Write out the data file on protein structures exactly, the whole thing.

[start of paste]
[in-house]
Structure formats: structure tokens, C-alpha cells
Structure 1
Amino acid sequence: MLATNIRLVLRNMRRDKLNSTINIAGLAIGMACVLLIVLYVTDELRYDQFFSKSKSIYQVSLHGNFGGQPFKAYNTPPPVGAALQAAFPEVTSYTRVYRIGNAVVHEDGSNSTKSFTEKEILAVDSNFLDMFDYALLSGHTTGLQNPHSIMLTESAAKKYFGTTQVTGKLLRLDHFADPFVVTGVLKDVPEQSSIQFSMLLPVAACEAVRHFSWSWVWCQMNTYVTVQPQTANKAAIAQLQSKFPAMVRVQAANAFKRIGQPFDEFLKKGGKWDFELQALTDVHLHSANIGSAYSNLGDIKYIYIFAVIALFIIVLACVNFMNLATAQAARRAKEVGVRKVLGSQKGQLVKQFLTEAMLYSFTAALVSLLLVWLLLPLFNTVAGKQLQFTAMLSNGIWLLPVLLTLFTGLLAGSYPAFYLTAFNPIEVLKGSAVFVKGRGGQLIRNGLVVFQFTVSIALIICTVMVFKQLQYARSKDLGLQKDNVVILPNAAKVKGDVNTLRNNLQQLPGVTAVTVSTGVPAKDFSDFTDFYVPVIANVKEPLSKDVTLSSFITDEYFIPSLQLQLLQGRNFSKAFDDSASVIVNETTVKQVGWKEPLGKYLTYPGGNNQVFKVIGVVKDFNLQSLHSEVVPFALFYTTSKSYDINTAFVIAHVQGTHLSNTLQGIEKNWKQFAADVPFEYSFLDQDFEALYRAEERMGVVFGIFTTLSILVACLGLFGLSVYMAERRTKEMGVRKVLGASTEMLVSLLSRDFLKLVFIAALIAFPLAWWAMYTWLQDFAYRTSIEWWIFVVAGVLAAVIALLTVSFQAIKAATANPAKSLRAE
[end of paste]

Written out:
[in-house]
Structure formats: structure tokens, C-alpha cells
Structure 1
Amino acid sequence: MLATNIRLVLRNMRRDKLNSTINIAGLAIGMACVLLIVLYVTDELRYDQFFSKSKSIYQVSLHGNFGGQPFKAYNTPPPVGAALQAAFPEVTSYTRVYRIGNAVVHEDGSNSTKSFTEKEILAVDSNFLDMFDYALLSGHTTGLQNPHSIMLTESAAKKYFGTTQVTGKLLRLDHFADPFVVTGVLKDVPEQSSIQFSMLLPVAACEAVRHFSWSWVWCQMNTYVTVQPQTANKAAIAQLQSKFPAMVRVQAANAFKRIGQPFDEFLKKGGKWDFELQALTDVHLHSANIGSAYSNLGDIKYIYIFAVIALFIIVLACVNFMNLATAQAARRAKEVGVRKVLGSQKGQLVKQFLTEAMLYSFTAALVSLLLVWLLLPLFNTVAGKQLQFTAMLSNGIWLLPVLLTLFTGLLAGSYPAFYLTAFNPIEVLKGSAVFVKGRGGQLIRNGLVVFQFTVSIALIICTVMVFKQLQYARSKDLGLQKDNVVILPNAAKVKGDVNTLRNNLQQLPGVTAVTVSTGVPAKDFSDFTDFYVPVIANVKEPLSKDVTLSSFITDEYFIPSLQLQLLQGRNFSKAFDDSASVIVNETTVKQVGWKEPLGKYLTYPGGNNQVFKVIGVVKDFNLQSLHSEVVPFALFYTTSKSYDINTAFVIAHVQGTHLSNTLQGIEKNWKQFAADVPFEYSFLDQDFEALYRAEERMGVVFGIFTTLSILVACLGLFGLSVYMAERRTKEMGVRKVLGASTEMLVSLLSRDFLKLVFIAALIAFPLAWWAMYTWLQDFAYRTSIEWWIFVVAGVLAAVIALLTVSFQAIKAATANPAKSLRAE